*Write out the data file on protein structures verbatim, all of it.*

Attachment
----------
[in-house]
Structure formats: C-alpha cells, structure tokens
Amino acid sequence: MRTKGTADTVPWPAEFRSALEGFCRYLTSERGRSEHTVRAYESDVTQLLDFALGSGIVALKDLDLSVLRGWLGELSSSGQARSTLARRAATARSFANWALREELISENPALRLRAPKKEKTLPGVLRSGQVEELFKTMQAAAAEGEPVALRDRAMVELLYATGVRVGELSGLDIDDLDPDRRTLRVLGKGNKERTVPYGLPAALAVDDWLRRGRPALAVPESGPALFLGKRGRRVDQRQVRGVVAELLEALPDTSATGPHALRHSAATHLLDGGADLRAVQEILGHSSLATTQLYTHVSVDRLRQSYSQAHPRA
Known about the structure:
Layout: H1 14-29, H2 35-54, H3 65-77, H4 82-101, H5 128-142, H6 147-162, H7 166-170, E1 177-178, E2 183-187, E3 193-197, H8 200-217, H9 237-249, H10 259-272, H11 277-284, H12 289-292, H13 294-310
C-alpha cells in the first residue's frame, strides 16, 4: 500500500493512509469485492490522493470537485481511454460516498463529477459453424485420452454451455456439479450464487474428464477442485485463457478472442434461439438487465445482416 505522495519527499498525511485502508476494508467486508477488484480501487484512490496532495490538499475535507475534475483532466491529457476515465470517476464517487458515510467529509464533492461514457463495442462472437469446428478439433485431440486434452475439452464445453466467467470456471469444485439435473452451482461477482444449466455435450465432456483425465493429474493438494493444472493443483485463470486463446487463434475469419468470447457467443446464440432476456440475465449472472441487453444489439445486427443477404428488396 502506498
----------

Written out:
[in-house]
Structure formats: C-alpha cells, structure tokens
Amino acid sequence: MRTKGTADTVPWPAEFRSALEGFCRYLTSERGRSEHTVRAYESDVTQLLDFALGSGIVALKDLDLSVLRGWLGELSSSGQARSTLARRAATARSFANWALREELISENPALRLRAPKKEKTLPGVLRSGQVEELFKTMQAAAAEGEPVALRDRAMVELLYATGVRVGELSGLDIDDLDPDRRTLRVLGKGNKERTVPYGLPAALAVDDWLRRGRPALAVPESGPALFLGKRGRRVDQRQVRGVVAELLEALPDTSATGPHALRHSAATHLLDGGADLRAVQEILGHSSLATTQLYTHVSVDRLRQSYSQAHPRA
Known about the structure:
Layout: H1 14-29, H2 35-54, H3 65-77, H4 82-101, H5 128-142, H6 147-162, H7 166-170, E1 177-178, E2 183-187, E3 193-197, H8 200-217, H9 237-249, H10 259-272, H11 277-284, H12 289-292, H13 294-310
C-alpha cells in the first residue's frame, strides 16, 4: 500500500493512509469485492490522493470537485481511454460516498463529477459453424485420452454451455456439479450464487474428464477442485485463457478472442434461439438487465445482416 505522495519527499498525511485502508476494508467486508477488484480501487484512490496532495490538499475535507475534475483532466491529457476515465470517476464517487458515510467529509464533492461514457463495442462472437469446428478439433485431440486434452475439452464445453466467467470456471469444485439435473452451482461477482444449466455435450465432456483425465493429474493438494493444472493443483485463470486463446487463434475469419468470447457467443446464440432476456440475465449472472441487453444489439445486427443477404428488396 502506498